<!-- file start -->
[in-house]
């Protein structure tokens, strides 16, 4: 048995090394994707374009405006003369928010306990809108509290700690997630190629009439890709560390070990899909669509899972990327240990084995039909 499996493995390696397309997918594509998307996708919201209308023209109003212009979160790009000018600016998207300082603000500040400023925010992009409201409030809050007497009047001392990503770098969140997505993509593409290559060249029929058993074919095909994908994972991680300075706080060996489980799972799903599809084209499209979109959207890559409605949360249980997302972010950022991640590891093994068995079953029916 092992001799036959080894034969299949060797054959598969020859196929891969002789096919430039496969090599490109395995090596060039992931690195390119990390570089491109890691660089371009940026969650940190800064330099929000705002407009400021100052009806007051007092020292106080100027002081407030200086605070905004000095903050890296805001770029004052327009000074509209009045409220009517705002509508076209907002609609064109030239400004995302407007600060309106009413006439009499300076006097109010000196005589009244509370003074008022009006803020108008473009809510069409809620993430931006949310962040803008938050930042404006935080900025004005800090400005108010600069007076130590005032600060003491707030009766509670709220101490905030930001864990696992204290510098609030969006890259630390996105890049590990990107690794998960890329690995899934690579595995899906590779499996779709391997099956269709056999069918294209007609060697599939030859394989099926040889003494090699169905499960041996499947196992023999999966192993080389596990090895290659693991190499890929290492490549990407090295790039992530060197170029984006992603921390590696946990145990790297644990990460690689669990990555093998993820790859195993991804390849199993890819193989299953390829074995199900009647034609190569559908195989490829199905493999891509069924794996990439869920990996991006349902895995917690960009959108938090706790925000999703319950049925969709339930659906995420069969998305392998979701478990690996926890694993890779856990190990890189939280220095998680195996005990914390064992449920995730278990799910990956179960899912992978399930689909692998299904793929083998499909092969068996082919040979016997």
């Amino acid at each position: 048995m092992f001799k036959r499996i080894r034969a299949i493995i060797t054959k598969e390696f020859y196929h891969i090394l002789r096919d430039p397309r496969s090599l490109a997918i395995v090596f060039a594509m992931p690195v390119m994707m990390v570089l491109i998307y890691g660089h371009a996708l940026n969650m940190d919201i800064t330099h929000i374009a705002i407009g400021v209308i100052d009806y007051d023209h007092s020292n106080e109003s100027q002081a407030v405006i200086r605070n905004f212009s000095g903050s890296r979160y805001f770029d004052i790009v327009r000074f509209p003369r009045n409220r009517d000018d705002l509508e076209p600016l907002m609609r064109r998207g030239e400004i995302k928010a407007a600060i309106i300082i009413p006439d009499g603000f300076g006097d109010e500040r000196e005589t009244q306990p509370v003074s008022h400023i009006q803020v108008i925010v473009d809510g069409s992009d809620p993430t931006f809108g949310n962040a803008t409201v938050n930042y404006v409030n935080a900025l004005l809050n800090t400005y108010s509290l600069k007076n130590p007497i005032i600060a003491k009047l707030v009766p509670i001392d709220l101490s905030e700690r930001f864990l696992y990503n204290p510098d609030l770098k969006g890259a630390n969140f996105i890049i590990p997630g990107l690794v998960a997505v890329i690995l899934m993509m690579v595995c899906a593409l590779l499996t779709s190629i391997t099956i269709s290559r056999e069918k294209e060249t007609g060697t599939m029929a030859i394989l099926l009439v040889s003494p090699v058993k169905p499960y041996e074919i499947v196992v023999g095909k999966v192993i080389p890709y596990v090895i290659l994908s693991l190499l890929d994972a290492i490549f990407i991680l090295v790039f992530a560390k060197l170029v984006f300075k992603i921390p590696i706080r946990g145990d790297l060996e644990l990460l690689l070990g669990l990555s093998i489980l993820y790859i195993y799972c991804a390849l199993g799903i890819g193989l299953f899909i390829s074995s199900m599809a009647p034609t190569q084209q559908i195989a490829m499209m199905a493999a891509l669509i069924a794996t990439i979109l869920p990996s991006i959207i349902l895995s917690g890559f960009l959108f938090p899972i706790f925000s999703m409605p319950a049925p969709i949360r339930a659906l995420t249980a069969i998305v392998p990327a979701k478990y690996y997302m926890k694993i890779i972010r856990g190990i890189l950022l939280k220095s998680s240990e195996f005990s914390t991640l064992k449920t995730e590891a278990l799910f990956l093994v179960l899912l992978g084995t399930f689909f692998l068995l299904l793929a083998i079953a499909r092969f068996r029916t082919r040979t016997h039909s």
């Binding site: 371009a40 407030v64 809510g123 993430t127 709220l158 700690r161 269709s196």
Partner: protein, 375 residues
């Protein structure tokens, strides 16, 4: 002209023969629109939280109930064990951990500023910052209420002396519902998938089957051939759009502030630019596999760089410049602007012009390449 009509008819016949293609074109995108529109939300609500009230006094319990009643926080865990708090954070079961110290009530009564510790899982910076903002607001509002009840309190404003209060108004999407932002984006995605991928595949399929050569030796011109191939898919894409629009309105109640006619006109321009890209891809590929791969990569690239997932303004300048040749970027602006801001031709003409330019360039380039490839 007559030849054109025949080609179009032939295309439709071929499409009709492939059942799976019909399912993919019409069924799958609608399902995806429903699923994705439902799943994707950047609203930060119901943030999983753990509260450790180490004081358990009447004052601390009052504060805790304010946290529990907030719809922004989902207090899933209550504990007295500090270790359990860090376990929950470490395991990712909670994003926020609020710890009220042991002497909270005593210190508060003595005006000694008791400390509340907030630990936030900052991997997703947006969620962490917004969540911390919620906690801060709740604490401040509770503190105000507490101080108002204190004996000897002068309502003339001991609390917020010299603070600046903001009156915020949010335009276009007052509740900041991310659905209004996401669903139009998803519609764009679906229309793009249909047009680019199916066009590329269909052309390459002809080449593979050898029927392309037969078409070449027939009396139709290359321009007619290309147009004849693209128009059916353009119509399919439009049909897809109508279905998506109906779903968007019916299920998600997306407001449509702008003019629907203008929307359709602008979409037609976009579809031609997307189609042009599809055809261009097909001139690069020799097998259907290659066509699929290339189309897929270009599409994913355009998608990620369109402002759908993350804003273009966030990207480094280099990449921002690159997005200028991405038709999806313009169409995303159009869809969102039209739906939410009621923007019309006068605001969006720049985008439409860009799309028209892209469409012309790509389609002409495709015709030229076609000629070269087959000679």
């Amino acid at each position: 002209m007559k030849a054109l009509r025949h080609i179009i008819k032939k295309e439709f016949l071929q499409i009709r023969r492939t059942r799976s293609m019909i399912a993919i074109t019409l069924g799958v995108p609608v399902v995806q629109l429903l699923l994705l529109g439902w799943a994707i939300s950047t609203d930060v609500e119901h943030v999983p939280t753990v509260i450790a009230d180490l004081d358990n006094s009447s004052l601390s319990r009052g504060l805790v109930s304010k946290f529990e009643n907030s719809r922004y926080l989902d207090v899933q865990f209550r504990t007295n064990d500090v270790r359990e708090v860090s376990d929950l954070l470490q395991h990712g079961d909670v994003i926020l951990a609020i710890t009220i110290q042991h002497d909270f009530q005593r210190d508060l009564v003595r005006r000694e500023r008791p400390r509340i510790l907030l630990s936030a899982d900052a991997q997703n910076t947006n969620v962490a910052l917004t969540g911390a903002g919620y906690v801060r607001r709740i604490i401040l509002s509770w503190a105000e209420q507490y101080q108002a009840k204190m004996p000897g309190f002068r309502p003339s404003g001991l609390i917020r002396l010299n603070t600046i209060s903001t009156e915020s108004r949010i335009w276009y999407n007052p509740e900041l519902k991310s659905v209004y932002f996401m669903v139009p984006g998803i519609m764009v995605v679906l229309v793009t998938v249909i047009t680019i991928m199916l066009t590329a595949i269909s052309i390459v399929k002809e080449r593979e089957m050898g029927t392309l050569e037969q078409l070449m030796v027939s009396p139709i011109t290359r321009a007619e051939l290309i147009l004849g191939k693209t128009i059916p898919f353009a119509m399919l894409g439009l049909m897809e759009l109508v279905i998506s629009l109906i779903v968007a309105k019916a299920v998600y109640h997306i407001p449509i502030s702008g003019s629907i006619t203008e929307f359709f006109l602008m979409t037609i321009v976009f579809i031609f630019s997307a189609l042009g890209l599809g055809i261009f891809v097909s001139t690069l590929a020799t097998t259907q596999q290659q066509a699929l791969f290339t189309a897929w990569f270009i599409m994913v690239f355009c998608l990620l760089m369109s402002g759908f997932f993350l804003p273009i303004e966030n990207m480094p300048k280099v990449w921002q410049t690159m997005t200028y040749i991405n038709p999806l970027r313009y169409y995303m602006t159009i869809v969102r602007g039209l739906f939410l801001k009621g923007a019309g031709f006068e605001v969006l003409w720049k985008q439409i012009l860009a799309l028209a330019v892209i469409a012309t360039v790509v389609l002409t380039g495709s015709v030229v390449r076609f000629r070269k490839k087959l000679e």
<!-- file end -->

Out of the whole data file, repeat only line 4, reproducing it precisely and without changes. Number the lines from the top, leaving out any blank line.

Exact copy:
């Binding site: 371009a40 407030v64 809510g123 993430t127 709220l158 700690r161 269709s196």